Rift Valley Fever widely distributed in Kenya and Somalia
Rift Valley Fever (RVF) is widely distributed in Kenya and Somalia, primarily in animals but also in humans, World Health Organization (WHO) officials investigating the disease outbreak in the two countries say. The estimated number of deaths in Kenya is now 350-400. These deaths are concentrated in Kenya's Northeastern Province and in southern Somalia, where after a critical review of the data from Somalia, a revised count indicates that 80 deaths are suspected to be due to haemorrhagic fever.
RVF is widely distributed throughout Kenya and Somalia, a pattern expected as virus-infected eggs of floodwater breeding mosquitoes hatch from many endemic sites. With the heavy rainfall in East Africa during November, December and January, emergence of RVF can be expected from areas that have had infections in previous years. Health and veterinary officials in neighbouring countries affected by the heavy rains have been alerted to increase their vigilance for reports of disease.
A Task Force consisting of representatives from the Kenyan ministries of health and agriculture, international organizations and nongovernmental organizations involved in fighting the outbreak has been established. WHO, secretariat of the Task Force, has implemented a surveillance system for haemorrhagic fevers in Kenya and Somalia. Specimens from both humans and animals are being collected and referred to the African Medical Research Foundation (AMREF) and the Kenya Medical Research Institute (KEMRI) in Nairobi for testing.
In addition, the secretariat is regularly receiving reports about suspected cases. A Rumour List containing this information has been established and is the basis for follow-up investigation. Response teams comprising health and veterinary staff have been organized and are travelling to sites where cases are reported.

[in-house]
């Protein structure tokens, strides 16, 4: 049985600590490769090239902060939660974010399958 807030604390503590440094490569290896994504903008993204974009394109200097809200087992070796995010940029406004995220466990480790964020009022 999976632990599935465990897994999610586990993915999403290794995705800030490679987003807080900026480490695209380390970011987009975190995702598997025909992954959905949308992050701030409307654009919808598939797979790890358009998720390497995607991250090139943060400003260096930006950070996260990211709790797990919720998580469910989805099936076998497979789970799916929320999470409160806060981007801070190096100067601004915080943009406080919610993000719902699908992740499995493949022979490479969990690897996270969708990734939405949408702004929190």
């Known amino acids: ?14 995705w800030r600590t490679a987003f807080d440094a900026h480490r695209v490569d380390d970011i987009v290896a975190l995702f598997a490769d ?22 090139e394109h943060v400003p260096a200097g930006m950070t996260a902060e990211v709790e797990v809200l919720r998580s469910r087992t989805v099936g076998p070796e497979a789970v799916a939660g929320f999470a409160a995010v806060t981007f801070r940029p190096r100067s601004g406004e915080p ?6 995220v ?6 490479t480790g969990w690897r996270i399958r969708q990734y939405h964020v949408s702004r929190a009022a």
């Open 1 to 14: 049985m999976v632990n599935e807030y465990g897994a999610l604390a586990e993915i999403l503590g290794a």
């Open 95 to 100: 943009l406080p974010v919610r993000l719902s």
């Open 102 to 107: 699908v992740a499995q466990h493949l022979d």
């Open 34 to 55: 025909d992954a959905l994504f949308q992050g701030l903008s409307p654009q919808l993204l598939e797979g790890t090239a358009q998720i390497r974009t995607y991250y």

Representatives from the Kenyan Ministries of Health and Agriculture, the WHO offices in Geneva, Kenya and Somalia, the Food and Agriculture Organization, the World Food Programme, the International Federation of Red Cross and Red Crescent Societies, Medecins Sans Frontiers coordinator for nongovernmental organizations in Somalia have attended meetings of the Coordinating Group of the Task Force. Reports were presented by team members, including Ministry of Health officials, who had recently travelled to affected areas, including Garissa in the Northeastern Province. The vast majority of the deaths are in this remote province and in Southern Somalia.
Epidemiologic analysis of the available information indicates that while RVF infections are occurring in the inhabitants in these areas and may be responsible for some cases of haemorrhagic fever, RVF is not the only cause of disease that is being observed in this outbreak. The Coordinating Group recognizes the need for comprehensive and well-designed studies and will request technical assistance and materials from international institutions. This will occur immediately.
Prompt investigation of active cases is required to determine the other causes of disease in this complex outbreak. Lack of the appropriate air transport needed to gain access to remote or flooded areas has been the single greatest impediment to the investigation. An appeal for helicopter transport is being made to other agencies.
Recommendations for the prevention of RVF, avoidance of insect bites and contact with sick livestock are still in effect. WHO recommends that travellers do not cancel their journeys to Kenya but they should be aware that Rift Valley fever is transmitted by mosquitoes. If they travel to areas near where outbreaks have been reported, they should take appropriate anti-insect measures. These include wearing long-sleeved shirts and long trousers and using mosquito repellant and bednets. Barrier nursing precautions are advised when caring for patients who are bleeding. More specific recommendations will be issued after the causes of other diseases involved in the epidemic are known.
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